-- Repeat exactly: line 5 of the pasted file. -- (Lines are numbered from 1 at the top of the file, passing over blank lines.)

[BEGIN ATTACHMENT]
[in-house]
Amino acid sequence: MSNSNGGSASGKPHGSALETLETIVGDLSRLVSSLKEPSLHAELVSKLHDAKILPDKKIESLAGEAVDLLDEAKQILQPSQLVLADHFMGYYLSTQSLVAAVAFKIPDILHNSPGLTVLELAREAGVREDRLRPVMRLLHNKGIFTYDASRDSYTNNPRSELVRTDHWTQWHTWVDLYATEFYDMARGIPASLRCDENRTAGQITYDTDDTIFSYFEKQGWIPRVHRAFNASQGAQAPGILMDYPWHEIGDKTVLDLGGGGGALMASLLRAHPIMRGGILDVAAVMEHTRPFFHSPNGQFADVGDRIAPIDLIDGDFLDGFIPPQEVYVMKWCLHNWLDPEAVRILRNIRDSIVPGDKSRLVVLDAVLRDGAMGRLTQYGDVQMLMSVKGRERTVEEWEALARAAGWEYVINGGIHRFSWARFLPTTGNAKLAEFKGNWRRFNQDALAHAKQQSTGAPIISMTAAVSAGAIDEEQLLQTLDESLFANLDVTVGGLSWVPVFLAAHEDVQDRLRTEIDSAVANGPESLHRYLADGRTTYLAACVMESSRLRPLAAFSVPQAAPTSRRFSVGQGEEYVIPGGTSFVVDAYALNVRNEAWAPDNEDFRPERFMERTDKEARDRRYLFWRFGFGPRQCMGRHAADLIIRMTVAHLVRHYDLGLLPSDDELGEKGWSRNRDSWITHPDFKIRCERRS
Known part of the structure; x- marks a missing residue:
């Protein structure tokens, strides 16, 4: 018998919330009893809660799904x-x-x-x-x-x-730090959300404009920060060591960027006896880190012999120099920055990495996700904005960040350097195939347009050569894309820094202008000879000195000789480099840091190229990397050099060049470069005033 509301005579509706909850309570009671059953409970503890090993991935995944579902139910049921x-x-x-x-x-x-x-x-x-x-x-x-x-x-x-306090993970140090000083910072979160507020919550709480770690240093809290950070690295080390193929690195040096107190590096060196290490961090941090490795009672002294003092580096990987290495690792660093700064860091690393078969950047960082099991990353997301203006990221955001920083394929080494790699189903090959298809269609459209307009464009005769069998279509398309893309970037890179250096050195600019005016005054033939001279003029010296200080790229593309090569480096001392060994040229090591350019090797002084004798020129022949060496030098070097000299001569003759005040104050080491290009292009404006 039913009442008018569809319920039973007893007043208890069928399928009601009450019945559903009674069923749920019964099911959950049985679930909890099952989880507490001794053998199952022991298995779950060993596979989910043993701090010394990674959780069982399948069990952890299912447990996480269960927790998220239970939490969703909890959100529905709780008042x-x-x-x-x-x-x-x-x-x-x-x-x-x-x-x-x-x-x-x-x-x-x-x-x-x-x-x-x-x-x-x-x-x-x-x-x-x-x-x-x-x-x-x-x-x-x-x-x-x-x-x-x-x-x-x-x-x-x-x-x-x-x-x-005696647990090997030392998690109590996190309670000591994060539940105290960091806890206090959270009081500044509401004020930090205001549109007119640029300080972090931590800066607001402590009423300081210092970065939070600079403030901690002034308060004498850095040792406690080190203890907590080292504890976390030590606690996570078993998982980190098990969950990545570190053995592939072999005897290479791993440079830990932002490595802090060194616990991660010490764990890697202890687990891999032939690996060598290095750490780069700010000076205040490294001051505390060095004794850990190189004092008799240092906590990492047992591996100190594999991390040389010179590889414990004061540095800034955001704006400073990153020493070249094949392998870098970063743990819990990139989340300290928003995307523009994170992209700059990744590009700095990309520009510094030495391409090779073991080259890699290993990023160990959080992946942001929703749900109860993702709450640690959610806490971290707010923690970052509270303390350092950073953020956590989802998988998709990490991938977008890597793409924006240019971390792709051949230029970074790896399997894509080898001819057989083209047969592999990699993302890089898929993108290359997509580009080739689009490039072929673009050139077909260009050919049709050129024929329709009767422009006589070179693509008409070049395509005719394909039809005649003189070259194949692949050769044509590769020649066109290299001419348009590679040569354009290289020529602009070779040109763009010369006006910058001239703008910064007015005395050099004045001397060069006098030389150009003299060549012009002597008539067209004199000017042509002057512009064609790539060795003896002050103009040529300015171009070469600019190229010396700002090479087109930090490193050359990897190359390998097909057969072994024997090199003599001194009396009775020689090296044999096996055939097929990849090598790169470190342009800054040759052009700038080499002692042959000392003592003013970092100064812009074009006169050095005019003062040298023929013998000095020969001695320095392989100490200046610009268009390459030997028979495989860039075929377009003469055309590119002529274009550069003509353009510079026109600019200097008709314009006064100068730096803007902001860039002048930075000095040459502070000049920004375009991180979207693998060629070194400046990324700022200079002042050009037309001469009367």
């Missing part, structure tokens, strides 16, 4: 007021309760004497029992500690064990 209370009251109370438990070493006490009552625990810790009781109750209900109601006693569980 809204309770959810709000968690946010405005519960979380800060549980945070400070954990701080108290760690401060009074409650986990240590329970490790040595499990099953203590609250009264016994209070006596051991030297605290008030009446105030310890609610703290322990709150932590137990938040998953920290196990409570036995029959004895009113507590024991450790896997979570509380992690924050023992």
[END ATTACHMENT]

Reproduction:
């Missing part, structure tokens, strides 16, 4: 007021309760004497029992500690064990 209370009251109370438990070493006490009552625990810790009781109750209900109601006693569980 809204309770959810709000968690946010405005519960979380800060549980945070400070954990701080108290760690401060009074409650986990240590329970490790040595499990099953203590609250009264016994209070006596051991030297605290008030009446105030310890609610703290322990709150932590137990938040998953920290196990409570036995029959004895009113507590024991450790896997979570509380992690924050023992």